The mountain was hard physical work. When I was climbing the muddy path in the torrential rain, I started to question my own motivations. Why am I going up this mountain? Because my friends told me to? That is not a good reason. Because of the nice views and beautiful nature? Yes, I have seen great nature at the bottom of the mountain, and I will possibly see that later today at the summit or tomorrow when I climb down in better weather. But now, I can only see rain and mud, and I hear nothing else than rain rattling on the leaves. Am I enjoying this? Yes. Or no, I suffer. Does this mean that I want to stop and go down? No. I want to continue. Persevere. Isn’t this paradoxical? Yeah, but the hostel in the mountain is not far. Why do I want to go there? Possibly like the motivation of sports people? They put themselves up for a challenge, and find meaning and pride in overcoming the physical challenge. Yes, it seems like that: I know I will enjoy the sense of “I have done this, despite the challenge!” Am I trying to prove myself to others or to myself? No. I am simply enjoying pushing my boundaries. Authentic meaning via physical achievement and building character. The psychologist Dilthey wrote how the physical resistance and challenge of nature can reconnect us with the totality of our self, particularly the parts we have forgotten when we are too stuck in our mind. We cannot deny the immediate reality of physical struggle, and our ways of overcoming this. Fifty years after Dilthey wrote this, the meaning-therapist Frankl described how a possible pathway to living a meaningful life is experiencing pride in overcoming physical challenges.
It makes me feel alive. Thou shalt live intensively (see Tristan Garcia: La vie intense, une obsession moderne).
That is, the physical challenge also forces me to be in the here-and-now. I cannot think about the life that I have left at the foot of this mountain, and the challenges that I have left home. I can only think about the next step, about the next breath and the next beating of my heart. People seek physical challenge to feel alive and to reconnect with their body, with nature, with life, with the world around us. Out of our head, into the stream of experiencing. Like the client that I ‘cured’ from his chronic depression by suggesting to join a jogging group. And like the bodyguard of a politician whose very inconvenient agoraphobia disappeared when he started to work out at the gym. Or the woman whose chronic negativity temporarily disappeared when she broke her arm. Our bodies are not made to work full-time at a desk, become rooted in a sofa in front of a flat screen, or to exchange the skin of our hand palms for mobile phones at which we stare all day long. Even here on the mountain, too many young people do not look around, but stare at their phones, make pictures or listen to the loud music coming out of their phone. Contradictory, these phon(e)y boys are at the same time engaging in sports and physical challenges, which are some of our few culturally accepted ways to feel embedded again in the here-and-now (although they simultaneously push the here-and-now away with their phones: they want to experience the flow of being-alive but as soon as it comes they push it aside). Everyone can find their own way of reconnecting with themselves via their body. We are physical beings.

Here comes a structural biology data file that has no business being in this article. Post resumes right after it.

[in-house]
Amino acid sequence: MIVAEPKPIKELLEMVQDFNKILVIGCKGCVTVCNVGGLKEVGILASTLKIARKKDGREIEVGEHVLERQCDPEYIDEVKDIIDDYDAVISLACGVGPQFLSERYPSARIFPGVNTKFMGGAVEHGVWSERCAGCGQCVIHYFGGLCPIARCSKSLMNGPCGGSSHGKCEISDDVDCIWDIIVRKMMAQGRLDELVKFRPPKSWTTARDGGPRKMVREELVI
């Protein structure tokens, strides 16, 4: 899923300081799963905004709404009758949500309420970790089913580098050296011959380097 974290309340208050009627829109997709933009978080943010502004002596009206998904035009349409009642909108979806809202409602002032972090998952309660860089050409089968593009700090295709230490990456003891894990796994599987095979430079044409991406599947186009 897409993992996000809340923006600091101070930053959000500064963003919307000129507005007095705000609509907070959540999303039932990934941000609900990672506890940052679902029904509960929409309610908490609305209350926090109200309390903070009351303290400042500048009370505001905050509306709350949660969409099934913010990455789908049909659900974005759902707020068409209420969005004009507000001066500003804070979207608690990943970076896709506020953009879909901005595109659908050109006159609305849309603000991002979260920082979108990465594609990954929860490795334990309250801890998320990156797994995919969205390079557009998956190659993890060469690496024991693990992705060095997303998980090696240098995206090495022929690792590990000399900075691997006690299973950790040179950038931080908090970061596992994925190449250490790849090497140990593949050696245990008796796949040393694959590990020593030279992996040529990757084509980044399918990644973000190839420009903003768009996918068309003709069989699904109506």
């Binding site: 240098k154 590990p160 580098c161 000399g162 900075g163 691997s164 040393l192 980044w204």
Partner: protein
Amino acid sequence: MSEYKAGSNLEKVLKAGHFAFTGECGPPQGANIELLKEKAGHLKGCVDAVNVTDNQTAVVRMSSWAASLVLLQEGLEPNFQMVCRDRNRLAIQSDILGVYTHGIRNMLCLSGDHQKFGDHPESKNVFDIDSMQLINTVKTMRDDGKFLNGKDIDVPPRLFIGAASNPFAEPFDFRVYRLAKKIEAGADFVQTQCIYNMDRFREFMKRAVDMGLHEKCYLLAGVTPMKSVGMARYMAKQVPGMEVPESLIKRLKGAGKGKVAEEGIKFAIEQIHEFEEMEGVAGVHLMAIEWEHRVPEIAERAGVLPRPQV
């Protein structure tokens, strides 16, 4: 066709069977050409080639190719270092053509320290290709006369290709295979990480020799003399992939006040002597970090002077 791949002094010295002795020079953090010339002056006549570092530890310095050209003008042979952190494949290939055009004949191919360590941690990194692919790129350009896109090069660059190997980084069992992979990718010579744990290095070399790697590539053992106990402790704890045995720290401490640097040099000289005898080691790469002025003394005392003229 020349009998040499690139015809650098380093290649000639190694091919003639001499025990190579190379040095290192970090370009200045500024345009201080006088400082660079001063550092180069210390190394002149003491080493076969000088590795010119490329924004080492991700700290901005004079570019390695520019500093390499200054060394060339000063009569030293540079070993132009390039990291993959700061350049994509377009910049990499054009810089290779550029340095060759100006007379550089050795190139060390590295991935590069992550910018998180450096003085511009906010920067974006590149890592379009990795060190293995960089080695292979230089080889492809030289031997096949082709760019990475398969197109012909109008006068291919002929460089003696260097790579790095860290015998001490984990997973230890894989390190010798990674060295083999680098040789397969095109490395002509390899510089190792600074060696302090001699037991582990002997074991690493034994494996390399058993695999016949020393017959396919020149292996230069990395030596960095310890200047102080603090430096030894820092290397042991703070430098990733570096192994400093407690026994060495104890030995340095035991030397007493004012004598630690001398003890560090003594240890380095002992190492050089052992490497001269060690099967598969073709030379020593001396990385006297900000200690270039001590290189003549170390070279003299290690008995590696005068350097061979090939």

What brings you in the here and now? What meanings do you find in nature?